New study projects millennials as voting majority after 2016 election

SAN JOSE, Calif. – Associate Professor Melinda Jackson, Chair of the Political Science Department at San Jose State University says that young American voters are paying close attention to this year’s presidential election.

“The millennials get a bad rap for not necessarily paying attention to politics or being engaged but I am not seeing that this year,” said Jackson. My students in the classroom and here tonight are definitely interested in this election.”

Hillary Clinton is 16 points ahead of Donald Trump among registered voters aged 18-34, according to a recent NBC/Wall Street Journal Poll.

Although Clinton’s lead drops to 12 points when Libertarian candidate Gary Johnson and Green Party candidate Jill Stein are added to the poll.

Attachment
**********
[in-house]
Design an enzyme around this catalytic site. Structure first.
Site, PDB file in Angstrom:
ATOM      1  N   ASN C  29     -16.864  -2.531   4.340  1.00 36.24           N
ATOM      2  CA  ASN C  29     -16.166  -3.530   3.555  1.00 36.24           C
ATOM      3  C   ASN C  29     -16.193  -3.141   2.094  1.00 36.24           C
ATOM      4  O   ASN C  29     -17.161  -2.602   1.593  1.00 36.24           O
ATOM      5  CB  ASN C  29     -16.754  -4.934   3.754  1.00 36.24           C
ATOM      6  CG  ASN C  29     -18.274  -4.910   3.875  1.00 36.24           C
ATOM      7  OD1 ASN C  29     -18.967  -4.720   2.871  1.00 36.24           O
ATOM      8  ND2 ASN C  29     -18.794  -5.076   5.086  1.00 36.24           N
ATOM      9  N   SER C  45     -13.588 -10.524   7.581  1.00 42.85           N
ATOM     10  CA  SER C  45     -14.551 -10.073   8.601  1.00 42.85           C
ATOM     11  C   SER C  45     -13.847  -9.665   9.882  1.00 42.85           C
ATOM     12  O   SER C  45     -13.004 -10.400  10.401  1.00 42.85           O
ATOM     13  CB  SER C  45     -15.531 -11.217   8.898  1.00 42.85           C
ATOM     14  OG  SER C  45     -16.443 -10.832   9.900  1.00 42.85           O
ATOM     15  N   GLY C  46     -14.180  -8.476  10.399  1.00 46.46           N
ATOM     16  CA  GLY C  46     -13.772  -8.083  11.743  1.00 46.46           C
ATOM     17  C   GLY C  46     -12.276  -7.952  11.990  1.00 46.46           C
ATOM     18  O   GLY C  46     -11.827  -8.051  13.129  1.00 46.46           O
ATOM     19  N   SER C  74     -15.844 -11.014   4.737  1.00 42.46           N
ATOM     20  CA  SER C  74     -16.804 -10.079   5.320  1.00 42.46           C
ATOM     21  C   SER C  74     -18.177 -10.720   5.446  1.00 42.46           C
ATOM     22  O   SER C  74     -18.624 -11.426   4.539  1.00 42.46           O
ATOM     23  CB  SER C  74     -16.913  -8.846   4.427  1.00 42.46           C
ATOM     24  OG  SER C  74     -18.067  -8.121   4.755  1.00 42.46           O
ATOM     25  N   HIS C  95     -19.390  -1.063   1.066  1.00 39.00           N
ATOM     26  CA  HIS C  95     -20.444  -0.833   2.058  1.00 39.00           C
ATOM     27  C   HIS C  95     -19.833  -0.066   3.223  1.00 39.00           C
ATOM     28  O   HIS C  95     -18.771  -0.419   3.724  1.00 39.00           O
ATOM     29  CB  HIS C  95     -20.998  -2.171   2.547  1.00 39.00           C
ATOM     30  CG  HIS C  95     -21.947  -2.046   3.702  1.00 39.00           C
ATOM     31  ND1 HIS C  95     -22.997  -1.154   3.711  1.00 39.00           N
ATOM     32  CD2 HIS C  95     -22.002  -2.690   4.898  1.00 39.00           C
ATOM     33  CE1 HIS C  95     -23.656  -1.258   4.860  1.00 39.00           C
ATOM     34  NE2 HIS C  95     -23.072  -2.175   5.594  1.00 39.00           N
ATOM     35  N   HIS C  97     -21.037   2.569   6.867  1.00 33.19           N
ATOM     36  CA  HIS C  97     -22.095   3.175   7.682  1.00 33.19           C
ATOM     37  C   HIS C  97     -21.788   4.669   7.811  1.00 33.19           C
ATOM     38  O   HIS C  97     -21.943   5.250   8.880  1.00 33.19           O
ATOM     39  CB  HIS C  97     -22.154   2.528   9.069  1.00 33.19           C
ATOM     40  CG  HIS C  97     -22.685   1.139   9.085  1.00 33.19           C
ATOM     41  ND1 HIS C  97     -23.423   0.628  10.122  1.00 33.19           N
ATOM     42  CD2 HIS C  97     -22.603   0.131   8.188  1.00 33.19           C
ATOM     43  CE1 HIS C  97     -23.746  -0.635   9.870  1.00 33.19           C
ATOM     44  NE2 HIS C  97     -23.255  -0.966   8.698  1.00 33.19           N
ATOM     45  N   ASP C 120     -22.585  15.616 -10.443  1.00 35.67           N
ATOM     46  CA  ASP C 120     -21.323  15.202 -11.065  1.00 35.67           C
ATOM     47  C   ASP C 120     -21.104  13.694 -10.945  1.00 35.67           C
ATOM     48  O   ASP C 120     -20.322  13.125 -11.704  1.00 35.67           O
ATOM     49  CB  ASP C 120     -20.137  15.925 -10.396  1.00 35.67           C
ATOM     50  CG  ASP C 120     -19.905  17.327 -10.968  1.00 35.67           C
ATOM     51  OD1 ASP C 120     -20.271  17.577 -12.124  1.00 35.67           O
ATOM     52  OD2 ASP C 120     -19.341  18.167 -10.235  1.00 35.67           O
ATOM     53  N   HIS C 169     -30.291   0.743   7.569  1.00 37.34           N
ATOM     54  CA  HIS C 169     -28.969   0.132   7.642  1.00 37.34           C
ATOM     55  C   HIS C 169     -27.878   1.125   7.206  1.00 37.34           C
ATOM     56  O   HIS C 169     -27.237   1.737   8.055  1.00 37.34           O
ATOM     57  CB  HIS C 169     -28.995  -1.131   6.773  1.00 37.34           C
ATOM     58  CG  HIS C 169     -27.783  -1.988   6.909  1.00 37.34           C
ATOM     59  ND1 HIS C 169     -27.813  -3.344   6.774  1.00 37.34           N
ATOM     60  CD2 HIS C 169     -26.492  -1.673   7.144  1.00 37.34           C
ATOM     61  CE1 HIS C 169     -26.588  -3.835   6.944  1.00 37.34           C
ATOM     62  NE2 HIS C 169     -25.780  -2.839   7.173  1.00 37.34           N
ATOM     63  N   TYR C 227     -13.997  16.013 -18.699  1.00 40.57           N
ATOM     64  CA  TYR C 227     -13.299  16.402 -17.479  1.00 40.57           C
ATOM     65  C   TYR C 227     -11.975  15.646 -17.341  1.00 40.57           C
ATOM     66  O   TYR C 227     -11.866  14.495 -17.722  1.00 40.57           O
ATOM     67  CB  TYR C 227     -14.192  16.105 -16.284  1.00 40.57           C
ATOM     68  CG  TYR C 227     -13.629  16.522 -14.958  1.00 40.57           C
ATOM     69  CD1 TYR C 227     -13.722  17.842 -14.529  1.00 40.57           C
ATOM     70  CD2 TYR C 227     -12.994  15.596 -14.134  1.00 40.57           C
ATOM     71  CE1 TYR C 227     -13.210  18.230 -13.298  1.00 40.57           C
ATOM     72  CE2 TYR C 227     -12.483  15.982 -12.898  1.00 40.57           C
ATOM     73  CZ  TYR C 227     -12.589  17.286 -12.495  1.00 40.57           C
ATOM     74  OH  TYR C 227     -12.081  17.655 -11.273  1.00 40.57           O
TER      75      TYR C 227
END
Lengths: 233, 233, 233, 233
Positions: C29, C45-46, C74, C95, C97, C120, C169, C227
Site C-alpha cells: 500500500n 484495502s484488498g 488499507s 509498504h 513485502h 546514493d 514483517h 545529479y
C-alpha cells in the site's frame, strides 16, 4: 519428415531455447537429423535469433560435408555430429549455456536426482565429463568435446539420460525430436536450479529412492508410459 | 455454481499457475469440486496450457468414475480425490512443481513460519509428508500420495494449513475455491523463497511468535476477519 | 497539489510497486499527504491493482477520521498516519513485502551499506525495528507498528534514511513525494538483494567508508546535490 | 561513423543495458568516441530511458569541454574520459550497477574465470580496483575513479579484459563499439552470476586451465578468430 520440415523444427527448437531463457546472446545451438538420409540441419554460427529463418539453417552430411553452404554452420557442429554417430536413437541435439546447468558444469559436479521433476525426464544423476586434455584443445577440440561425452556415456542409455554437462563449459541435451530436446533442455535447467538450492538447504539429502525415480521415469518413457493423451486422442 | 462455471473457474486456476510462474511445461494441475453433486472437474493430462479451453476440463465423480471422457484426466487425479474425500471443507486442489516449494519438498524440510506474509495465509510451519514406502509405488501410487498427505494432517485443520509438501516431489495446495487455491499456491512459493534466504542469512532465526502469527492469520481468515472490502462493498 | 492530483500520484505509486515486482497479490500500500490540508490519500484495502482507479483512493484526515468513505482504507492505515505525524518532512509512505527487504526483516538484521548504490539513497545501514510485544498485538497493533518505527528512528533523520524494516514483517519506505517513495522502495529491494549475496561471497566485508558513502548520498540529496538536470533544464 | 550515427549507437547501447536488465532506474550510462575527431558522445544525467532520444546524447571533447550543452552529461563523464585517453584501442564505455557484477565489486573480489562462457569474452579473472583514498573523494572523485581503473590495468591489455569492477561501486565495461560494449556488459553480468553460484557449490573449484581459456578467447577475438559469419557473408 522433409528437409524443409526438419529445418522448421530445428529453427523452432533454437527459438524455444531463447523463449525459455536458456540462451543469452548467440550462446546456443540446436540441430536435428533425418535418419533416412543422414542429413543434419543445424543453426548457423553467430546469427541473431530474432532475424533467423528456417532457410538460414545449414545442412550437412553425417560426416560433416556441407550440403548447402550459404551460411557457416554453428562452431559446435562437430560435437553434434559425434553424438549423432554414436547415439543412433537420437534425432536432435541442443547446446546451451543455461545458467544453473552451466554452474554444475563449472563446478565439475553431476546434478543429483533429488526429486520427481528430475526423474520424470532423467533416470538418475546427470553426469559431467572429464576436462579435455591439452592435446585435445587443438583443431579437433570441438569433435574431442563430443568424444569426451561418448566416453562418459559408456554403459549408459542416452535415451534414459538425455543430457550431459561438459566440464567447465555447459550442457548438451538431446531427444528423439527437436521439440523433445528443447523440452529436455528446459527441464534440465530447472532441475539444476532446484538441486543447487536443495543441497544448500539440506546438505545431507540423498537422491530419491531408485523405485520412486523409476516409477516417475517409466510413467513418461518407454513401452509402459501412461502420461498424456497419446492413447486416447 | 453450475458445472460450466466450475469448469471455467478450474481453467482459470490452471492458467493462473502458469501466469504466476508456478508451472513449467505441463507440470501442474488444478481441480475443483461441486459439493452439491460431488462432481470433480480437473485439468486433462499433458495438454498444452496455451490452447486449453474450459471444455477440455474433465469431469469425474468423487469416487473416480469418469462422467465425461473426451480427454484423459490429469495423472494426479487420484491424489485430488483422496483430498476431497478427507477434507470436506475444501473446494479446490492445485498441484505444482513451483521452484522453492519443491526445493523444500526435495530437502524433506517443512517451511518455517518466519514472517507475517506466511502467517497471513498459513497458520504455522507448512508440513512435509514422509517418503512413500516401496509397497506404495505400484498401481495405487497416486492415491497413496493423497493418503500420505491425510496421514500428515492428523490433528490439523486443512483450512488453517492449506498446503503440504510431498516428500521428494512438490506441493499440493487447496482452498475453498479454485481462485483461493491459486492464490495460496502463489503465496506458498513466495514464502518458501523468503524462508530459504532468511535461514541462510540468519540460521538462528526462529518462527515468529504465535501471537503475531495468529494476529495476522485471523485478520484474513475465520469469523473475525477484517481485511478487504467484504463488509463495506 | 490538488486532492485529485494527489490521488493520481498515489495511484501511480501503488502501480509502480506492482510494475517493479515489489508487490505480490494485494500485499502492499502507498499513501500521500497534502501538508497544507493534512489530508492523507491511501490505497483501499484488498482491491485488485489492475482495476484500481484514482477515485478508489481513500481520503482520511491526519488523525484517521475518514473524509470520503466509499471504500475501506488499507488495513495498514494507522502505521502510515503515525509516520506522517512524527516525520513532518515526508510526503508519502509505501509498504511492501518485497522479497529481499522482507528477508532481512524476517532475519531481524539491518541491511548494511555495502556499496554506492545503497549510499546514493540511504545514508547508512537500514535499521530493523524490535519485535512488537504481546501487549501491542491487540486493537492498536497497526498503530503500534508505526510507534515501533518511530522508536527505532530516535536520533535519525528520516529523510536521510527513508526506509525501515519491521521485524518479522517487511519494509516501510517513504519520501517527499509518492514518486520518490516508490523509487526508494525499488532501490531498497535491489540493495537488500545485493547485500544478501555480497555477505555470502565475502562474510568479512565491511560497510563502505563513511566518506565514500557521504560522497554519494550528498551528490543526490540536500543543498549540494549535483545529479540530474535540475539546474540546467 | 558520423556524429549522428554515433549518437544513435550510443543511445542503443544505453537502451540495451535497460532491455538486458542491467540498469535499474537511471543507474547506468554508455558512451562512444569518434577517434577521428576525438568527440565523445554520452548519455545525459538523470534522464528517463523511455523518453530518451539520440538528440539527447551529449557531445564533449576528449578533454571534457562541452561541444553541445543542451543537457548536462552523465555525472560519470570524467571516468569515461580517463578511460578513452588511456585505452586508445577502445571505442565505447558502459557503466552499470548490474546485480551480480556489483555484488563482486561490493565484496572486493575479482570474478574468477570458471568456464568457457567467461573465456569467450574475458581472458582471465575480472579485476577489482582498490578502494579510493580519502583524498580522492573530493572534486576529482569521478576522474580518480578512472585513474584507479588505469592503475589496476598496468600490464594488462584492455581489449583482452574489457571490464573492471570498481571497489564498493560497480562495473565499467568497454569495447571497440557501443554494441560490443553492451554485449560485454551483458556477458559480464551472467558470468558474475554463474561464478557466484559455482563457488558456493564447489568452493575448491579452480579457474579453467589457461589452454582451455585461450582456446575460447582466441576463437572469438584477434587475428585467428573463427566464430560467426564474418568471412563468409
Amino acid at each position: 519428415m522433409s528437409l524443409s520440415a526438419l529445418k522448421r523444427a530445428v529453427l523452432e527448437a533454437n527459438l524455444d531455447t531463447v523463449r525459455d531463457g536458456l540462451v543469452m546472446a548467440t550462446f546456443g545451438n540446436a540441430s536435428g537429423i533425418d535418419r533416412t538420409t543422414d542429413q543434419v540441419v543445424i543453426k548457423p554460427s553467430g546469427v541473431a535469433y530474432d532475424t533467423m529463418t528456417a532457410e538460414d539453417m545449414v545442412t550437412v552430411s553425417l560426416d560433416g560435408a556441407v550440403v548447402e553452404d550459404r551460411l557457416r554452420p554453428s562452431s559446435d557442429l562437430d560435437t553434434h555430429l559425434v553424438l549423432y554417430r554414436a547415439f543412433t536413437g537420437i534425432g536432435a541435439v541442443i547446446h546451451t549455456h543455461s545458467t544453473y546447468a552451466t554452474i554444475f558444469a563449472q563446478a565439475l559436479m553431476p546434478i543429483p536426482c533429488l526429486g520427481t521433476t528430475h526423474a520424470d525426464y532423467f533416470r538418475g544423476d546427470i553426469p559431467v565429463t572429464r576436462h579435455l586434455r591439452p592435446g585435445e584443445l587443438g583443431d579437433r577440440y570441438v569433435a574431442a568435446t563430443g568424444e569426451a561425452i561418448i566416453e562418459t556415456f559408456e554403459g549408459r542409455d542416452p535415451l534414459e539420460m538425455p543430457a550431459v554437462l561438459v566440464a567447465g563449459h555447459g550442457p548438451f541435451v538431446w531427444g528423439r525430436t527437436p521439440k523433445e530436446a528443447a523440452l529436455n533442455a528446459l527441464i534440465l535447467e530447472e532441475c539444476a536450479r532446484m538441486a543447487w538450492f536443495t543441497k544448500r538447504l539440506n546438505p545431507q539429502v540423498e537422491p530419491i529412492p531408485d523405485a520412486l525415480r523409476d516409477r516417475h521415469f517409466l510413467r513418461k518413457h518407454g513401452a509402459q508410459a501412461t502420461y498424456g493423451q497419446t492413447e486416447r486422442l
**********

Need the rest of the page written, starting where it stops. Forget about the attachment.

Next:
Professor Jackson says that voters should vote freely but should also be realistic.

“No vote is a wasted vote because it expresses your opinion,” said Jackson. “It’s not going to be the other two. When it comes down to Trump versus Clinton, I think a lot of young people may choose Clinton because they don’t like Trump.”

This may be the last election where the baby boomer generation dominates the majority of the votes, according to Pew Research Center Analysis of Census Data.

As of July millennials and those from Generation X make up an estimated 126 million eligible voters compared to the 98 million boomers and adults from prior generations.

Both parties are aware of this information which will help them strategize better when going after younger voters in future elections.

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